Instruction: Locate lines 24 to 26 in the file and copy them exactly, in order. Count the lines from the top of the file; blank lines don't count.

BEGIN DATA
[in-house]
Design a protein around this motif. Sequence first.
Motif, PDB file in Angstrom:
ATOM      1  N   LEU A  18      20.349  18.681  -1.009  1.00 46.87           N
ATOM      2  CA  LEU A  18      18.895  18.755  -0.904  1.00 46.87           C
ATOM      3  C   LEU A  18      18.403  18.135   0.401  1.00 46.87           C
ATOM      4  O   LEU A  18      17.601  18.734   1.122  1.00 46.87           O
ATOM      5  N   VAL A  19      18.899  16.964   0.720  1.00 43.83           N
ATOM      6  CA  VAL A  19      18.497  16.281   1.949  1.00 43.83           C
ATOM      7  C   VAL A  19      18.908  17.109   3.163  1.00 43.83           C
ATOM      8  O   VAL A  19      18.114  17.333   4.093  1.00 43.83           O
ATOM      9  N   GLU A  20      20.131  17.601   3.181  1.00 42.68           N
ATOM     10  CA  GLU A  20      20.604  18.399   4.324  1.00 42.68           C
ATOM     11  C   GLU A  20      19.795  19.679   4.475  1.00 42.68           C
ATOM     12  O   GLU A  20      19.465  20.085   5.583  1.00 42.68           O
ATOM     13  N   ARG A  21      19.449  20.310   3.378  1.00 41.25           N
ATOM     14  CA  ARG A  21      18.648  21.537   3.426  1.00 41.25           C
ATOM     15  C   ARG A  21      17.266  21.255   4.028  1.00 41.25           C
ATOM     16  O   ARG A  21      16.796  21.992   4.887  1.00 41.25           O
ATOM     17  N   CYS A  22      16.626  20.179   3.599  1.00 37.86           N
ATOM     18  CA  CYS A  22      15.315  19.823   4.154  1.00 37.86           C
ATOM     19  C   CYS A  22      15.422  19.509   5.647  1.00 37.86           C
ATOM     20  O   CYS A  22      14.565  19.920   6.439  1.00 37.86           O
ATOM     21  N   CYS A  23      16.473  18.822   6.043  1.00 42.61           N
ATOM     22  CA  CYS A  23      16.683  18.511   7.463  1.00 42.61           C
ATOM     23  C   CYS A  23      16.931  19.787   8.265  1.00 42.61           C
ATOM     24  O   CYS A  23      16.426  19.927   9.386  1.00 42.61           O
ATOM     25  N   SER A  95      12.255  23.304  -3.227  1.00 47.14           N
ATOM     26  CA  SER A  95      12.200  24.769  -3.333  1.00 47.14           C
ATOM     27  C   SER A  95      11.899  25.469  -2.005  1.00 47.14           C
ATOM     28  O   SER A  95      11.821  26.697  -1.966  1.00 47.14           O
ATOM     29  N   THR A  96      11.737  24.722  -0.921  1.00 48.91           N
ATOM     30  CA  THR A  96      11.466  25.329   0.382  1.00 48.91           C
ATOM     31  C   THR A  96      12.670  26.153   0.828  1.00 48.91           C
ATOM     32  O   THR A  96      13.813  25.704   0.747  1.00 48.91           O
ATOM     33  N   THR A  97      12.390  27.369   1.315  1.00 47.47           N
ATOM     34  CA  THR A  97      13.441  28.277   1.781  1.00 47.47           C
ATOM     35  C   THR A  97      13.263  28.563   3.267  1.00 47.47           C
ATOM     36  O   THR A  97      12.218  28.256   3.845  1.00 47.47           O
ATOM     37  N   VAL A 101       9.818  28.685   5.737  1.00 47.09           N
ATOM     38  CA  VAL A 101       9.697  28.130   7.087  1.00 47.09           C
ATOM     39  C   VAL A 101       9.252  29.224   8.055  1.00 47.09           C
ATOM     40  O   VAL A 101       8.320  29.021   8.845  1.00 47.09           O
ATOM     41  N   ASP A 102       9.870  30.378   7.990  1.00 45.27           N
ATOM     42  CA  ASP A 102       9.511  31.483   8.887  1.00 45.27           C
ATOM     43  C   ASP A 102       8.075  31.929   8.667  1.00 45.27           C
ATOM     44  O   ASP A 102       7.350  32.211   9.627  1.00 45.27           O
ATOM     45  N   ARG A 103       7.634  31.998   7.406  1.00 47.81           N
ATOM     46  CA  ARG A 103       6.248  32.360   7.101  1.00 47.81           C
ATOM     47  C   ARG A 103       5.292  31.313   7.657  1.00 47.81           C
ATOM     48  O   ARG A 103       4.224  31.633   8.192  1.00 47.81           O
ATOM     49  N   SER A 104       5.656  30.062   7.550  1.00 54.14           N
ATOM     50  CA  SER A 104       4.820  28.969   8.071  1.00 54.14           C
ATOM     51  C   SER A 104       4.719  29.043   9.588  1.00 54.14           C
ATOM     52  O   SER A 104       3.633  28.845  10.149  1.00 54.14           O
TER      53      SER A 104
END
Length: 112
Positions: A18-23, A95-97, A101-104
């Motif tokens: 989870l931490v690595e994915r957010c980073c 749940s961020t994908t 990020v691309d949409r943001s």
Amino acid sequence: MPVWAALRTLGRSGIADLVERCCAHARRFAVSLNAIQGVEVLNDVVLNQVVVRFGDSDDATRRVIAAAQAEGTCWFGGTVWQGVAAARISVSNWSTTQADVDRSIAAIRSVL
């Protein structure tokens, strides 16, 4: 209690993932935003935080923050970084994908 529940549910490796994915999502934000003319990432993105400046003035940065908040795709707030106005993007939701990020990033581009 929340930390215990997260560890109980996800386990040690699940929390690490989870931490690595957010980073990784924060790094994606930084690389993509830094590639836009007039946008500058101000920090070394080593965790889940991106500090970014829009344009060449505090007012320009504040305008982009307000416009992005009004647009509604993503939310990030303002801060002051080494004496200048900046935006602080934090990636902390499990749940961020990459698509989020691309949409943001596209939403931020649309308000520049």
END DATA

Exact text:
ATOM     21  N   CYS A  23      16.473  18.822   6.043  1.00 42.61           N
ATOM     22  CA  CYS A  23      16.683  18.511   7.463  1.00 42.61           C
ATOM     23  C   CYS A  23      16.931  19.787   8.265  1.00 42.61           C